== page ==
1. Continuous Integration for AI Workflows with Azure Container Registry


    To create a continuous integration (CI) workflow for AI applications using Azure Container Registry (ACR), you would need several components:

    1. Azure Container Registry: It is a managed Docker registry service based on the open-source Docker Registry 2.0. It's used for storing and managing container images, but it also integrates well with orchestrators like Kubernetes, and Azure services for CI/CD, such as Azure Pipelines.

    2. Agent Pool: A pool of agents where you can run your containerized jobs on Azure. This is necessary for setting up the environment where your CI pipeline will execute.

    3. Webhook: ACR webhooks allow you to trigger actions in response to events happening in your container registry, like pushing a new image. This is useful to automate tasks, for example, triggering a deployment when a new image is available.

    4. Service Principal: To access Azure services programmatically, you create a service principal, which is an identity created for use with applications, hosted services, and automated tools to access Azure resources.

    Below is a Pulumi program written in Python which sets up a simple CI workflow for an AI application using Azure Container Registry:

    import pulumi import pulumi_azure_native as azure_native # Set up an Azure resource group resource_group = azure_native.resources.ResourceGroup('ai-workflow-rg') # Create an Azure Container Registry acr = azure_native.containerregistry.Registry( 'acregistry', resource_group_name=resource_group.name, sku=azure_native.containerregistry.SkuArgs( name='Standard' ), admin_user_enabled=True, # Admin user enabled for simplicity, consider more secure options for production location=resource_group.location ) # Configure an agent pool for running the CI tasks agent_pool = azure_native.containerregistry.AgentPool( 'aicirunners', resource_group_name=resource_group.name, location=resource_group.location, registry_name=acr.name, os='Linux', tier='S1', # Choose a tier that matches your expected workload and scaling requirements count=1, # Start with one agent, scale out as necessary ) # Create a webhook for triggering events webhook = azure_native.containerregistry.Webhook( 'acwebhook', resource_group_name=resource_group.name, registry_name=acr.name, location=resource_group.location, service_uri='https://example.com/webhook', # URI for your webhook endpoint (adjust to actual listener) status='Enabled', scope='myrepository:mytag', # Adjust the scope to match the repository and tag to watch for events actions=['push'] # Configure the actions that will trigger the webhook, in this case, a push event ) # Export the login server for the created container registry pulumi.export('registry_login_server', acr.login_server) # Export the agent pool id pulumi.export('agent_pool_id', agent_pool.id) # To use the ACR, you can now push Docker images to this registry, # set up a CI pipeline to build images on push events, or run tasks directly in the agent pool.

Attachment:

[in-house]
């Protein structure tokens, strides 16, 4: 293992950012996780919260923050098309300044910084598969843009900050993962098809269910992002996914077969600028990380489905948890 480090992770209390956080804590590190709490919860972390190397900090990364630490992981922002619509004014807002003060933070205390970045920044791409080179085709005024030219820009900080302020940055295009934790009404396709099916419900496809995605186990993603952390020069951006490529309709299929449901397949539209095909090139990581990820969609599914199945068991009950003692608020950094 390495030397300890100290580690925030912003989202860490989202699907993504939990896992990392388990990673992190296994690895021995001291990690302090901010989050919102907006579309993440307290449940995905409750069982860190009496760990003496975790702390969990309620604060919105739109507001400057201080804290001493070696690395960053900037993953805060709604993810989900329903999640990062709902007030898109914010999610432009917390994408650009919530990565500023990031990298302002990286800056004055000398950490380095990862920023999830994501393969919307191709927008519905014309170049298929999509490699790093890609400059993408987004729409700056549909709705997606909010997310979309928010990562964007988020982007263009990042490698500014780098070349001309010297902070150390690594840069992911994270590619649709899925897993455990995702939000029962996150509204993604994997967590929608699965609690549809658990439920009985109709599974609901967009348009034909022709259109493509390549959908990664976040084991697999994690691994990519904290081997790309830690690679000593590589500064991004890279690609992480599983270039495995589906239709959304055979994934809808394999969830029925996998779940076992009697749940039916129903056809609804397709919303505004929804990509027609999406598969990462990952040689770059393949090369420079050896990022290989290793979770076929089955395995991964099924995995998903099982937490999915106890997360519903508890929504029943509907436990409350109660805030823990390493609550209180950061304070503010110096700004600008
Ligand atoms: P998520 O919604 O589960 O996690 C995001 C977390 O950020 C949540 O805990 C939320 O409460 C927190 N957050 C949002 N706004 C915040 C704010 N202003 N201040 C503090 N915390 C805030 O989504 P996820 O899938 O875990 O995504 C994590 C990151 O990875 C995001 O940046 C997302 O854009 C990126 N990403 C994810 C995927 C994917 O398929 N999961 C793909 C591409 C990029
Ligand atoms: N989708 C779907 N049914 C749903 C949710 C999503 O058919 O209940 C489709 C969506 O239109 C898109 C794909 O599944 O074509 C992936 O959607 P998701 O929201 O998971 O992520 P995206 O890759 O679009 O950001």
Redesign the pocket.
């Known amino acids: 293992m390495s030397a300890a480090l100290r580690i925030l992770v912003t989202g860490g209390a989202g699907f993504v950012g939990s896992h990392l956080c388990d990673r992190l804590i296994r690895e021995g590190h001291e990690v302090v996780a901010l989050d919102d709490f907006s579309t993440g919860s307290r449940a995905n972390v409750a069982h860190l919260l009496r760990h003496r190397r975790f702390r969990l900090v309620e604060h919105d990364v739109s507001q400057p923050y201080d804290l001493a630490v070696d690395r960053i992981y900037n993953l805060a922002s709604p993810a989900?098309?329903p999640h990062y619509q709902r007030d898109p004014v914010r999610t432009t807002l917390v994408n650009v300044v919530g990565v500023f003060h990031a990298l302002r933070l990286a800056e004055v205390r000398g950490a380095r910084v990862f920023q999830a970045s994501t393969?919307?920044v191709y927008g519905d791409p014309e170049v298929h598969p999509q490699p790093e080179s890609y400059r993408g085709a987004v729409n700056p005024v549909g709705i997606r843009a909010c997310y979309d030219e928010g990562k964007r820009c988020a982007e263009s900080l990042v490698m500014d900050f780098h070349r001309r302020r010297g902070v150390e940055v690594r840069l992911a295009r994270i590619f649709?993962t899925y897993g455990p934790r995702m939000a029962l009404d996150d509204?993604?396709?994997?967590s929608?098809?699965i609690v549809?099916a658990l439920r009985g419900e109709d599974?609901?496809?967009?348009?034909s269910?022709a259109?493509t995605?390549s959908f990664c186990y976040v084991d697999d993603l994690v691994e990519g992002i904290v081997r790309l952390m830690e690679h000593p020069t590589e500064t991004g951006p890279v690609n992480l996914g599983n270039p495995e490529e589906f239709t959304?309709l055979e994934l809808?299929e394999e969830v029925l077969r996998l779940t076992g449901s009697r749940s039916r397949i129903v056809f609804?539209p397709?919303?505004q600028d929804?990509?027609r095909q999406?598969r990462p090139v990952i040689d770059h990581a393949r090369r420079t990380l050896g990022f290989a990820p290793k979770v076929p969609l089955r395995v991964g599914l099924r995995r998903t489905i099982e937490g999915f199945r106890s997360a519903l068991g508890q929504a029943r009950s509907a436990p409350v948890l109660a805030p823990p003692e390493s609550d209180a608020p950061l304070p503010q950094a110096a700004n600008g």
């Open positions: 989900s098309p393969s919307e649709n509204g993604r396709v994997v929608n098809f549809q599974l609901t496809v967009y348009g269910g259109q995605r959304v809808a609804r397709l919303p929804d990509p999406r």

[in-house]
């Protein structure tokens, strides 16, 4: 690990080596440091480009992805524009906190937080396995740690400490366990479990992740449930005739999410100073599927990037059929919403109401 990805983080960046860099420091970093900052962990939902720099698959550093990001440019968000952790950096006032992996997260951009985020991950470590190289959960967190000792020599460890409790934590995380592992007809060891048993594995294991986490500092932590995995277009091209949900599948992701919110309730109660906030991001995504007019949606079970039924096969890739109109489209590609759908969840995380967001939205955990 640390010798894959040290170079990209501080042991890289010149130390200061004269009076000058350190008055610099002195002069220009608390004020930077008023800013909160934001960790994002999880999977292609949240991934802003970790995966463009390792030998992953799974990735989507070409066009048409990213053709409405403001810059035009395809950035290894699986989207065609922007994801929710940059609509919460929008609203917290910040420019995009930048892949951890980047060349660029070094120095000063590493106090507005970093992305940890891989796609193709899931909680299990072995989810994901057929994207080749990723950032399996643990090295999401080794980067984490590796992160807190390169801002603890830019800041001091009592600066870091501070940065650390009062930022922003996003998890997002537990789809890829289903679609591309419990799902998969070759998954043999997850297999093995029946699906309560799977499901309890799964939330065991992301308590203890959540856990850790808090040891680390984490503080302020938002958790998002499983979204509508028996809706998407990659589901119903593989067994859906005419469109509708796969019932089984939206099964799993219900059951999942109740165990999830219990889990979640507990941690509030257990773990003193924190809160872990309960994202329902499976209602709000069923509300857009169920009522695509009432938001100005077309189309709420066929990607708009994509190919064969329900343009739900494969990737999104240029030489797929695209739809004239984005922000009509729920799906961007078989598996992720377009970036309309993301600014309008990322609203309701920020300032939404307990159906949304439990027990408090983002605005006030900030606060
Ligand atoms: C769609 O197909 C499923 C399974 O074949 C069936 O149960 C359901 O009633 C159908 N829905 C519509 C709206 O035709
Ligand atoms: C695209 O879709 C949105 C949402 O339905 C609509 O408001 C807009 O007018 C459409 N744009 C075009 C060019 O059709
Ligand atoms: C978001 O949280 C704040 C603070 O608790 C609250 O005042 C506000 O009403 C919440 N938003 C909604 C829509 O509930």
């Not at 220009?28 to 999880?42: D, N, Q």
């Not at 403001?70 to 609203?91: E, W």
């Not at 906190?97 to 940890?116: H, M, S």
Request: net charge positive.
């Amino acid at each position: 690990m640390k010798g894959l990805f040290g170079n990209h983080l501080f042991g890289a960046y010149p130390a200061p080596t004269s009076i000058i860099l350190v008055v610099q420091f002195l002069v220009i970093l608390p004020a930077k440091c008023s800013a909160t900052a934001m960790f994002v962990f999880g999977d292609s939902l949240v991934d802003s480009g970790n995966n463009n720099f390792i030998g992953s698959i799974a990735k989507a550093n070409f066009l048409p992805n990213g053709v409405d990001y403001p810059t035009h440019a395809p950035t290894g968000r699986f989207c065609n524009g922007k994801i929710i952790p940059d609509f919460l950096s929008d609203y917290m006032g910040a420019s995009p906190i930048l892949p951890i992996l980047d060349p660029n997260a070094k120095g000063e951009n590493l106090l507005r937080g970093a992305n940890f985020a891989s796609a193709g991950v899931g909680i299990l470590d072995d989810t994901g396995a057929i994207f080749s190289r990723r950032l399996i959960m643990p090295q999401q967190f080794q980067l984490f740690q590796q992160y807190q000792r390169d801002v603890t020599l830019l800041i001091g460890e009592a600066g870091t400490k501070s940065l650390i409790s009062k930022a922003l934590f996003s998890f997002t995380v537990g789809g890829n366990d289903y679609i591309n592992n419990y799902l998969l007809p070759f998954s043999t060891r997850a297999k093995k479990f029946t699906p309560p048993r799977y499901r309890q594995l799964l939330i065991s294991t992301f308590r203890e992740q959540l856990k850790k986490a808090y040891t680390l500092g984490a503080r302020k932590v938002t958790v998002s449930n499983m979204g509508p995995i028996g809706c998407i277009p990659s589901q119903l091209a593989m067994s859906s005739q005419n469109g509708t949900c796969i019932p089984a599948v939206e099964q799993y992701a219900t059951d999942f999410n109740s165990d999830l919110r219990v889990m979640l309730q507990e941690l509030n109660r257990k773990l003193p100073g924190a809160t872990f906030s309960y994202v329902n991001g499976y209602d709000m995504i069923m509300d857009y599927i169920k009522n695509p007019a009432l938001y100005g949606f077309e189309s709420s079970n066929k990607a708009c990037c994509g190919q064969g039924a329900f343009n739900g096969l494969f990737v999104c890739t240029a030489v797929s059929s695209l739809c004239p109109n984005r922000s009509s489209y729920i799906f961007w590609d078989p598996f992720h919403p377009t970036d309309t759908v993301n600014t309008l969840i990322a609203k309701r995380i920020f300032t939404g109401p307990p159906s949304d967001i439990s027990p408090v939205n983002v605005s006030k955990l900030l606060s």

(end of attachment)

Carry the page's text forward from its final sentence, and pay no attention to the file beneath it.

This program sets up the necessary resources for a continuous integration flow using Azure Container Registry. It creates a new container registry that will store your Docker images. It also sets up an agent pool with an instance to run CI tasks and a webhook to listen for push events on your specified repository and tag.

    After the registry is created, you'll need to push Docker images to it, typically within your CI pipeline. When new images are pushed, the webhook can be used to trigger any kind of automation you need, like updating services running those images or running integration tests.

    To improve the security of your CI setup, you can add additional configurations like network restrictions, private endpoints, and manage the access keys for your registry.

    To use this Pulumi program:

    1. Install Pulumi and set up the Azure command-line tools.
    2. Configure the Pulumi Azure Native provider by setting appropriate environment variables with your Azure credentials.
    3. Save the above program in a file with a .py extension, e.g., setup_acr.py.
    4. Run pulumi up to deploy your infrastructure.

    Important Notes:

    • Replace https://example.com/webhook with the actual listener endpoint you wish to use to handle the webhook events.
    • In the scope parameter of the webhook, specify the specific repository and tag you wish to monitor.
    • admin_user_enabled is set to True for simplicity, but in a production environment, it's recommended to use more secure authentication methods.